Flexible, science-based, and innovative management strategies will be implemented by most producers as they employ the services of well-trained specialists to supplement the advisory services provided by government, industrial and commercial concerns, and financial institutions. There will be more widespread use of soil and plant tissue testing services, applications of soil amendments, fertilizers of major and minor nutrients in appropriate amounts at optimum frequencies to sustain high grazingland productivity and quality while maintaining environmental quality and ensuring satisfactory animal performance throughout the year. Agricultural enterprises will increasingly combine grazing strategies to utilize both croplands and grazinglands, annual and perennial crops, preserved feeds, and residues, to extend grazing seasons and equalize distribution of production throughout the year. They also will utilize different climatic zones to take advantage of the characteristics of each for a specific facet of their total production, e.g., as the King Ranch of southern Texas has maintained some herds in Montana, transferring animals between the two areas as appropriate for desired results at specific times of the year. Managers will supply appropriate nutritional supplements to grazing animals (e.g., mineralized salt, sulphur, ionophores, medications in molasses), and follow an inclusive veterinary program to ensure healthy animals during marketing and shipping as well as during growing and grazing seasons.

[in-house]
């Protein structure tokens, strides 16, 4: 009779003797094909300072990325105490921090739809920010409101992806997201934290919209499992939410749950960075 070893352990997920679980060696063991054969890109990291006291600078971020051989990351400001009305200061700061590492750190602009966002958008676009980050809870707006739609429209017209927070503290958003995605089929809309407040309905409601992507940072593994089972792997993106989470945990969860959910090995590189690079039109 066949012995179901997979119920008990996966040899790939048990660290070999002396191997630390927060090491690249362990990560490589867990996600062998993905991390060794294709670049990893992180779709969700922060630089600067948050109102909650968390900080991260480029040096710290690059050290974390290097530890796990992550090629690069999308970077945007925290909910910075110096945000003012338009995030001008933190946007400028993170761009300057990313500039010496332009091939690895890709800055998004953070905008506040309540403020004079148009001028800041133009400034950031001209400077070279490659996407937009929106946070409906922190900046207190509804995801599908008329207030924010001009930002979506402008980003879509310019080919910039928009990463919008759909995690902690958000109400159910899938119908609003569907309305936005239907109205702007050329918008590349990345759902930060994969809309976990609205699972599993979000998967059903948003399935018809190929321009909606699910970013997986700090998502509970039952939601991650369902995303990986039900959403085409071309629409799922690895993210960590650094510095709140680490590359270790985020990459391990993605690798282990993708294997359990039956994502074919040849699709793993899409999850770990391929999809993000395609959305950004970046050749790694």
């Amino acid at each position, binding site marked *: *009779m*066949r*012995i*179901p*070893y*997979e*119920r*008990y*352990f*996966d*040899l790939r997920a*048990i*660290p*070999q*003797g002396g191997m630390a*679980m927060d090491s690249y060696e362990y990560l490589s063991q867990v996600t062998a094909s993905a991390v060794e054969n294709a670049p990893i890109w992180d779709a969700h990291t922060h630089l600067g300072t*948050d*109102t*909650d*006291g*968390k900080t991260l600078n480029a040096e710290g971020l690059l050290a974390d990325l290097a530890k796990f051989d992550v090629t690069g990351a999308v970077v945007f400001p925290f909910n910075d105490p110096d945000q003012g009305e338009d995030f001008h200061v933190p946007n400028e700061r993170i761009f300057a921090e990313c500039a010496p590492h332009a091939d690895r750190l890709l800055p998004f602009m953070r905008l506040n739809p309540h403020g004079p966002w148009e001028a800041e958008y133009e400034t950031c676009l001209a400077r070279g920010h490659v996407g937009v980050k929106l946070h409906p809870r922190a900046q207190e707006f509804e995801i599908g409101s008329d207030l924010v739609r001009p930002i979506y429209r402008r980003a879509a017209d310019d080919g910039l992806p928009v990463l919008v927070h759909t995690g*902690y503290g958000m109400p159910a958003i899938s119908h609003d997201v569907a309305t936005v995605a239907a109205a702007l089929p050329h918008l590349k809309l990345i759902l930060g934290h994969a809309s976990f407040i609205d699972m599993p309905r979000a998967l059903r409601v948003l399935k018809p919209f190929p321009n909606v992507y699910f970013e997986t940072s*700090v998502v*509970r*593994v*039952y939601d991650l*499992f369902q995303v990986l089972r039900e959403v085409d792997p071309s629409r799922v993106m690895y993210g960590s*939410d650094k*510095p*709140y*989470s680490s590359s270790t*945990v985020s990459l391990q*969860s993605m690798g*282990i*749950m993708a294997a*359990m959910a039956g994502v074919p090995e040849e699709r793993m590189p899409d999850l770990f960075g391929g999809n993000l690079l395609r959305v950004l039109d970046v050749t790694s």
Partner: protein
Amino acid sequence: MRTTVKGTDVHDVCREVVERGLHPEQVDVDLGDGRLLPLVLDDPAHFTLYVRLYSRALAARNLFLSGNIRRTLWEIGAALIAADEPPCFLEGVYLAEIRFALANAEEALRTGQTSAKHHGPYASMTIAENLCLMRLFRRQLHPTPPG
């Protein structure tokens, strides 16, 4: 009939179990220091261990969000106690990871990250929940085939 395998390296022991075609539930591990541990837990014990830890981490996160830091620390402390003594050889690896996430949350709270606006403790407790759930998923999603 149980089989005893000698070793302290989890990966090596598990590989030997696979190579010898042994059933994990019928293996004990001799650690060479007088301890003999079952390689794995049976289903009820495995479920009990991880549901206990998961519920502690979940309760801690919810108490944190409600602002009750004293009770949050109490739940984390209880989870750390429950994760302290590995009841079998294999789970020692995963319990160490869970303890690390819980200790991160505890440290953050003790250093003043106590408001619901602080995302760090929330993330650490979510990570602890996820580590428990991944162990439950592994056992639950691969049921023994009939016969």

Technology transfer and adoption in grazingland systems, as brainpower (knowledge and its application) substitutes for muscle power, are constrained for several reasons. Capitalized farmers and enterprises that already have reasonable economic outputs have little incentive for adopting more intensive and originally expensive systems. The marketing of animal products is removed from the cost of inputs to the grazing system. Thus, the benefits accruing to grazing systems often are not attributed by producers to the real causes of the benefits they receive from new techniques or equipment, biological improvements, and the numerous other components of science-based agriculture. Animals and land often are used as a capital reserve rather than as a means of production. Producers who have relatively small enterprises may not have the resources necessary to adopt new technology, although there are many techniques that could be adopted with little additional input other than willingness to try something new. The increasing age of US agricultural producers, increasing indebtedness, and difficulties in attracting skilled labour constitute additional impediments in some regions and situations, in addition to the inability of rural environments to surmount the supposed attractiveness of urban living, especially for producers’ spouses and children. Cultural mores may slow down or prevent the rapid adoption of new tools that will be increasingly essential in a future world where competition and the need for collaboration will extend over the entire world; e.g., a producer in the US in the future will not only be competing with his neighbour, but also with producers in China, Brazil, Ukraine, and all over the world.